A Look at Eagle Rock’s Relationship with Parking

A recurring complaint about the Colorado Boulevard business corridor is that there is not enough parking. So what has happened as a response? Buildings have been torn down to make way for strip malls. But when we gain parking we usually have to lose something in exchange– walkability, attractive storefronts, lively sidewalks. Three of most well-known examples of where parking has been gained through this method in Eagle Rock, the story has not been pretty.

First lets recall the event considered to have sparked the formation of The Eagle Rock Association, April 1st 1986:

“In response to the threatened destruction of the historic business buildings at the corner of Townsend and Colorado. Kathleen Aberman stands on the building’s roof in an attempt to ward off the surprise demolition by the owner.” – Eagle Rock Historic Society

002 - L.A.T.L. 5 Line Car 1444 Colorado & Townsend Ave. 19471021

In the middle right is the building Aberman tried to rescue. Photo credit: Metro Library and Archive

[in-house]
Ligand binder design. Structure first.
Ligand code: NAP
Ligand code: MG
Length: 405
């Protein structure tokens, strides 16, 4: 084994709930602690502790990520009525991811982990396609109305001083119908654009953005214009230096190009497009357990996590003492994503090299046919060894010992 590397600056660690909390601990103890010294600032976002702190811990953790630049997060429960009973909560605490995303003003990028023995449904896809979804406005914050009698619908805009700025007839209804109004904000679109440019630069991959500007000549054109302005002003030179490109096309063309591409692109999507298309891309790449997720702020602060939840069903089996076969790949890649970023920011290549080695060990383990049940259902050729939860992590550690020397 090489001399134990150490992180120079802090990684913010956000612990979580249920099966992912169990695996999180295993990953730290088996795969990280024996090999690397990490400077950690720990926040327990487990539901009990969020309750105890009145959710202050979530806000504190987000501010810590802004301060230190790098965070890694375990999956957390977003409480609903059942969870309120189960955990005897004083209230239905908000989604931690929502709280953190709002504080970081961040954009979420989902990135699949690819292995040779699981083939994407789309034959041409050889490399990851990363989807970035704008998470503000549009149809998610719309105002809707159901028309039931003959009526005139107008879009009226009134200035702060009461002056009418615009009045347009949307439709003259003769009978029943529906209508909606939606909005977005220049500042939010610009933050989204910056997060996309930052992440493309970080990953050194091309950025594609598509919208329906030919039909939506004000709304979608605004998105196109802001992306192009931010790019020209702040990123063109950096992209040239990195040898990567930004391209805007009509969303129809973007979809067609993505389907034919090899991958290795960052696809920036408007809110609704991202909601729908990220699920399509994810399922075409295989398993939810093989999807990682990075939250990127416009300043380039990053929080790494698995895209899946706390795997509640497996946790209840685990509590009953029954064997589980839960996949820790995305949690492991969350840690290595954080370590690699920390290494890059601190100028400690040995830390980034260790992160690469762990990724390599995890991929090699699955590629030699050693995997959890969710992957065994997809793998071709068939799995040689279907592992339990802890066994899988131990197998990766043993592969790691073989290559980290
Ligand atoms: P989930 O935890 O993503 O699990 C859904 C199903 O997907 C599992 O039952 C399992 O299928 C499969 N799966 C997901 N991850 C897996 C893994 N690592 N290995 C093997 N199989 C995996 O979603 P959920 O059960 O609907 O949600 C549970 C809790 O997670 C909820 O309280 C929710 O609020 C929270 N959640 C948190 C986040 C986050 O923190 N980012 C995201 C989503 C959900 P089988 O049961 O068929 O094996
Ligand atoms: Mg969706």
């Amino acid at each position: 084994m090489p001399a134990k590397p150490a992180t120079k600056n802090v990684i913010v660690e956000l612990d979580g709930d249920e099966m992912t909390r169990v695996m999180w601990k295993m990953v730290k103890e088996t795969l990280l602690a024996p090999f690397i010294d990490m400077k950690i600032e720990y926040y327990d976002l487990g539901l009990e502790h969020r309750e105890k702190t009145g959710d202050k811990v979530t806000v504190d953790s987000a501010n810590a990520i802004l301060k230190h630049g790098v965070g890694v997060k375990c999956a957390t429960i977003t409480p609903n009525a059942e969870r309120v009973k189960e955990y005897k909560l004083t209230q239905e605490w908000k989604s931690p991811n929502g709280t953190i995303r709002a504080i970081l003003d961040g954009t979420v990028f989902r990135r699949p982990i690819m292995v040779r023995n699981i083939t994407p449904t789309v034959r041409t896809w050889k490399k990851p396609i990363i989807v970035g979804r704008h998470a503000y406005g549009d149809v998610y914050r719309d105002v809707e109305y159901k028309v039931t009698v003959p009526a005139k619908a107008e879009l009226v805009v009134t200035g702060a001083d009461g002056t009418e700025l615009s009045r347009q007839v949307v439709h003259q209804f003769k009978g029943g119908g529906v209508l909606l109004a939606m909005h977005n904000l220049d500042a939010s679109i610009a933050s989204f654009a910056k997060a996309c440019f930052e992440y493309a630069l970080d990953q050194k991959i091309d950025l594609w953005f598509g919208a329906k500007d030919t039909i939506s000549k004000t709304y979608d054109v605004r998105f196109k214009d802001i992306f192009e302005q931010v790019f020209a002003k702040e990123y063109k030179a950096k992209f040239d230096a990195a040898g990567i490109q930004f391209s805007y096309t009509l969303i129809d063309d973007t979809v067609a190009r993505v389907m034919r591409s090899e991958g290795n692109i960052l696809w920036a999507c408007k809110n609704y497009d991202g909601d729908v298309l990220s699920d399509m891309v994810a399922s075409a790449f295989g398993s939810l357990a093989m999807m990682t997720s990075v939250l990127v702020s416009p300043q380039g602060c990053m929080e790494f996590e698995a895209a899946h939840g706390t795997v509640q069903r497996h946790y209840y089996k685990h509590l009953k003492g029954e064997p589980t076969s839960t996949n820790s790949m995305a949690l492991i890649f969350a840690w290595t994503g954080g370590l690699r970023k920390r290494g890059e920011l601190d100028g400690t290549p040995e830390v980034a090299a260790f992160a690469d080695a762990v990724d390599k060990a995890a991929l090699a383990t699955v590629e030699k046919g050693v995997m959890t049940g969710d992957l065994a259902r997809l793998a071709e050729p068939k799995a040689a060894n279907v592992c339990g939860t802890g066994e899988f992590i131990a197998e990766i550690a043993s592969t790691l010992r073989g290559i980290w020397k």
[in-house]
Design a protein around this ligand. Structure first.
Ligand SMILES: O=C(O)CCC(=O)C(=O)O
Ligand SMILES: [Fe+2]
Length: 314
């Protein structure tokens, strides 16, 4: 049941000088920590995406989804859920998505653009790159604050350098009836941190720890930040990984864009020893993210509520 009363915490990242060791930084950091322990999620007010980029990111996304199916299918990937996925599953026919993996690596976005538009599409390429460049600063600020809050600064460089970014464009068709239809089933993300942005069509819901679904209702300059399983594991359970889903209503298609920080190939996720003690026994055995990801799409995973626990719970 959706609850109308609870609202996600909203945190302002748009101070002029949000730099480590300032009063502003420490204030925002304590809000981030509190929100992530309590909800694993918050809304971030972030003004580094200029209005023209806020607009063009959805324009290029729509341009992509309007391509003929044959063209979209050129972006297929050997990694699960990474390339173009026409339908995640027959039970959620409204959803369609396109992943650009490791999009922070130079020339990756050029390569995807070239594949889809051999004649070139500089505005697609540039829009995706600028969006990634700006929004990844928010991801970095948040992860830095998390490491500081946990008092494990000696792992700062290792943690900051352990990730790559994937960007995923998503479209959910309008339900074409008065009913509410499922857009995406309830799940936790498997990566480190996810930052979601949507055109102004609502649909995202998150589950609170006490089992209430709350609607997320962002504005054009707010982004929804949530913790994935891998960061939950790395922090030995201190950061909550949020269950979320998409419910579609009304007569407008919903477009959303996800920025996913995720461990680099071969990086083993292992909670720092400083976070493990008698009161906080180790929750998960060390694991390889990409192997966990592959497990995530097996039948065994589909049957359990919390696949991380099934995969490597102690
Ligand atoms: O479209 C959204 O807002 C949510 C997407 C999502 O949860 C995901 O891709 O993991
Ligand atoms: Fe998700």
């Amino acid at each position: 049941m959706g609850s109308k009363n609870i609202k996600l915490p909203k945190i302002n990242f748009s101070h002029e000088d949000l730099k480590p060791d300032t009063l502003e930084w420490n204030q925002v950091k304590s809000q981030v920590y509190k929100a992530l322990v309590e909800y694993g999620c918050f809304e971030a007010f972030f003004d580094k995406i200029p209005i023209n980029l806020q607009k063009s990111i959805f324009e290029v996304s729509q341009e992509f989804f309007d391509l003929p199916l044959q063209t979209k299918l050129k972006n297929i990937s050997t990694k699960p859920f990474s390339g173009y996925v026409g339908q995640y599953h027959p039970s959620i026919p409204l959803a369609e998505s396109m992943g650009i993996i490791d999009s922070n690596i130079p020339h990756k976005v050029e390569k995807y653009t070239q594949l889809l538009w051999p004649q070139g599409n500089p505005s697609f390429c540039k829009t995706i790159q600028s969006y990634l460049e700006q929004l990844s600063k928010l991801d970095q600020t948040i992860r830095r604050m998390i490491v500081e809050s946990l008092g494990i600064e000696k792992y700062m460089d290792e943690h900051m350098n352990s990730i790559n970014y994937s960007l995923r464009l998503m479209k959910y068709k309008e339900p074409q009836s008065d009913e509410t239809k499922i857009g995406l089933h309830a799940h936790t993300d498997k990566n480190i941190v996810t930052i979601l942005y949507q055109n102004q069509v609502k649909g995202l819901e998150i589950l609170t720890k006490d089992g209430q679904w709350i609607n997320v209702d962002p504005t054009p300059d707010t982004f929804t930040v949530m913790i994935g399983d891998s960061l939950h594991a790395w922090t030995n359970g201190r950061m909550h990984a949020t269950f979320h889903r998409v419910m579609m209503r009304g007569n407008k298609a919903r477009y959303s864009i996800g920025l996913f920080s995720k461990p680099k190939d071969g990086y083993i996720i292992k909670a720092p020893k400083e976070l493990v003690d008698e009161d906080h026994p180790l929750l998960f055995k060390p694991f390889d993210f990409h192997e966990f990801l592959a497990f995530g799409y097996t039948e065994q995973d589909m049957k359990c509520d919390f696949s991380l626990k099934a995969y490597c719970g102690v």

Another two views of the building

The building in the center of the picture is the one that was destroyed. Image credit: Eagle Rock by Eric Warren


The storefront of the building Aberman attempted to save. Image credit: LA Times Archives

Aberman was unsuccessful in protecting the historic building at the intersection of Townsend Avenue and Colorado Boulevard. The building was demolished and replaced by a strip mall, which has close to 30 parking spaces.

Today the location looks like this

Photo credit: Google Maps

Was it worth it? Sure there’s enough parking now, but we lost a beautiful structure. On any given day the parking lot sits half empty and has made the corner rather unambitious and undesirable. When visitors rave about destinations in our neighborhood, never do they cite this structure as particularly attractive or wonderful. Locals never brag about the aesthetics or social value of this structure, either.